15 Pages Posted: 23 Jan 2009
Date Written: July 15, 2007
On June 15, 2005, the Inter-American Court issued its judgment in Moiwana Village v. Suriname, which held Suriname responsible for numerous human rights violations and ordered several remedial measures. In a separate opinion, one of the Tribunal's veteran judges, Ant¿nio Can¿ado-Trindade, wrote that the case "raises issues of great transcendence." Certainly, the decision illustrates several of the Court's latest jurisprudential developments, and navigates a few rising socio-political tides in South and Central America. This brief essay seeks to demonstrate how the Moiwana case: a) presents factual situations that are increasingly common before the Court; b) continues to develop key legal constructions in response to such facts; c) foreshadows a significant evolution with respect to elements of the Tribunal's more "traditional" jurisprudence; and d) reflects, nevertheless, a prevailing caution regarding other aspects of legal analysis.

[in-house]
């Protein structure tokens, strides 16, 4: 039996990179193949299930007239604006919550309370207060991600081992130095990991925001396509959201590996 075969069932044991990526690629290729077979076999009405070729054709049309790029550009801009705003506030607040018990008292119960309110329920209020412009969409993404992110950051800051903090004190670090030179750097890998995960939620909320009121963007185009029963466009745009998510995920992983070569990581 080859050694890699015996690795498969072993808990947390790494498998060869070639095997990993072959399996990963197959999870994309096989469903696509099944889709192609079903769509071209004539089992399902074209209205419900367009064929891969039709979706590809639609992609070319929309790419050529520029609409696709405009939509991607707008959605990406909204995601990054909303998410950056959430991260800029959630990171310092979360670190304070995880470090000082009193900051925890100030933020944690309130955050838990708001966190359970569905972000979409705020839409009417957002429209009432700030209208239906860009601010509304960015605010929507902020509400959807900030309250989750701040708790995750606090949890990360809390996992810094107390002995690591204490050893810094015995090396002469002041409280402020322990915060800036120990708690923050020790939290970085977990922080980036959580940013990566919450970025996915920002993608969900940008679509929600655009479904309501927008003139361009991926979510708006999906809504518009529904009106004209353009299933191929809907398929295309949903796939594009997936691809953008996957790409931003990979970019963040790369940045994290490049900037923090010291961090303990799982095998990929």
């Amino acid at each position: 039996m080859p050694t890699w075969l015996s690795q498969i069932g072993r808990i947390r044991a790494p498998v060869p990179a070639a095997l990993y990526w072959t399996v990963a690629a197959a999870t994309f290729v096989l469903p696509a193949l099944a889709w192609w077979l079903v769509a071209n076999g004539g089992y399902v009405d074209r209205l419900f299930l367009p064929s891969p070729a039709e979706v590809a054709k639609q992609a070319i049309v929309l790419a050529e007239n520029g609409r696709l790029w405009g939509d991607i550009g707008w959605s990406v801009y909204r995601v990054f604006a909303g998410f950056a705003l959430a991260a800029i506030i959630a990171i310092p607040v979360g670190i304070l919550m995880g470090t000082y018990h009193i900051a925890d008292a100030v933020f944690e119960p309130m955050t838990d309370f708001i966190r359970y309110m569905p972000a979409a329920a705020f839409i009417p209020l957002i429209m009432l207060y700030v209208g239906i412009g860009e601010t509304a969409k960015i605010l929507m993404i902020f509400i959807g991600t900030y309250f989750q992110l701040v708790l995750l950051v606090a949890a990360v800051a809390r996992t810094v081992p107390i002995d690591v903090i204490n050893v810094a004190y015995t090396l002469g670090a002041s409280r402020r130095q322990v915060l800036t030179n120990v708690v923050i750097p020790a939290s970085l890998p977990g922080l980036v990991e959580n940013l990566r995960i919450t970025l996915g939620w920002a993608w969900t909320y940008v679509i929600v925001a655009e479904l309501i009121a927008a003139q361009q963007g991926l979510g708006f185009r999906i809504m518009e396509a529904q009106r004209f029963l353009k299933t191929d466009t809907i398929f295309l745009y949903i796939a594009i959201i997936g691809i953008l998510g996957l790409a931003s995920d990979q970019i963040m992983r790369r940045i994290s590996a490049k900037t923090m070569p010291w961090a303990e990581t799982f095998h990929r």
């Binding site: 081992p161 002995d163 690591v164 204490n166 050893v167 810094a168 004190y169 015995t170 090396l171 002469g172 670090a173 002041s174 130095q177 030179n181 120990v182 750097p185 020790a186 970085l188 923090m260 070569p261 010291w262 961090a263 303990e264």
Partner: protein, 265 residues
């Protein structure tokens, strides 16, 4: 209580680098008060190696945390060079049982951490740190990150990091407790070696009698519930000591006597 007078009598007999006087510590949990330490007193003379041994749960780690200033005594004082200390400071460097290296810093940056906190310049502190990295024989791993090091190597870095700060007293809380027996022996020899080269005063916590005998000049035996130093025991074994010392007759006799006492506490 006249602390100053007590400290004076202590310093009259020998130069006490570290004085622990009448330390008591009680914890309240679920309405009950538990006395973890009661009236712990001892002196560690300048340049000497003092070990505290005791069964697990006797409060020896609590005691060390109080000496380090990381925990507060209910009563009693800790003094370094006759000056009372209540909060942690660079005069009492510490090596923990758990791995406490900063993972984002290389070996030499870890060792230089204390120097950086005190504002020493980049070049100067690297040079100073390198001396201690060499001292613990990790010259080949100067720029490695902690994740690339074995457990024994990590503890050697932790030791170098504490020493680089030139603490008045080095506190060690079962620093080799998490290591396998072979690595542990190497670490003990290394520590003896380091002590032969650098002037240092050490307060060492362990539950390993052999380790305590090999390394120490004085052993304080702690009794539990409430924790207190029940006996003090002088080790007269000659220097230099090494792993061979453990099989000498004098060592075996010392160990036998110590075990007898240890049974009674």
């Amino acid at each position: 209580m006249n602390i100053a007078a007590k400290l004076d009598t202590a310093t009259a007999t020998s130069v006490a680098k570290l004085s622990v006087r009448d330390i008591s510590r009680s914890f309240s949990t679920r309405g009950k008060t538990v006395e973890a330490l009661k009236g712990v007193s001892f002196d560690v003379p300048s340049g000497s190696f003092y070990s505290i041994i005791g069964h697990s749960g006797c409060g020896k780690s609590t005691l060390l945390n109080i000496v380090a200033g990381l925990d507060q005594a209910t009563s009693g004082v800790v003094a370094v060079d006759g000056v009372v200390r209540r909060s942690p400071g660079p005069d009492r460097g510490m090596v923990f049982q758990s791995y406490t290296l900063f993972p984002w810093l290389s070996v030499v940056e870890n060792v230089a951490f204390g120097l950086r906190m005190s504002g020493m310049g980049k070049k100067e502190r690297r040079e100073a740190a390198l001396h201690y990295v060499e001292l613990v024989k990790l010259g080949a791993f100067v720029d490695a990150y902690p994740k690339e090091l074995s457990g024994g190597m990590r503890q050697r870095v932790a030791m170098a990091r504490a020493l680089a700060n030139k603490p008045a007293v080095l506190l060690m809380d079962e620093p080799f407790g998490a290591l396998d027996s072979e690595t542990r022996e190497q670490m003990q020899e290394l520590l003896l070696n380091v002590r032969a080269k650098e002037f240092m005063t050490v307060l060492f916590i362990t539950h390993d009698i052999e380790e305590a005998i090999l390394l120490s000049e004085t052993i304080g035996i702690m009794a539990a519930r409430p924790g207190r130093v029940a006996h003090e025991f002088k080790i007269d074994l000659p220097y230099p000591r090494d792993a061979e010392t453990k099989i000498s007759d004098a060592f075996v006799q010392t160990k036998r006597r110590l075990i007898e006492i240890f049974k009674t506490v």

Keywords: Human rights, international law, Inter-American Court of Human Rights, indigenous rights, tribal rights, cultural rights, forced displacement, Inter-American system of human rights protection
Suggested Citation: Suggested Citation
Antkowiak, Thomas M., Moiwana Village v. Suriname: A Portal into Recent Jurisprudential Developments of the Inter-American Court of Human Rights (July 15, 2007). Berkley Journal of International Law (BJIL), Vol. 25, No. 2, 2007. Available at SSRN: https://ssrn.com/abstract=1331041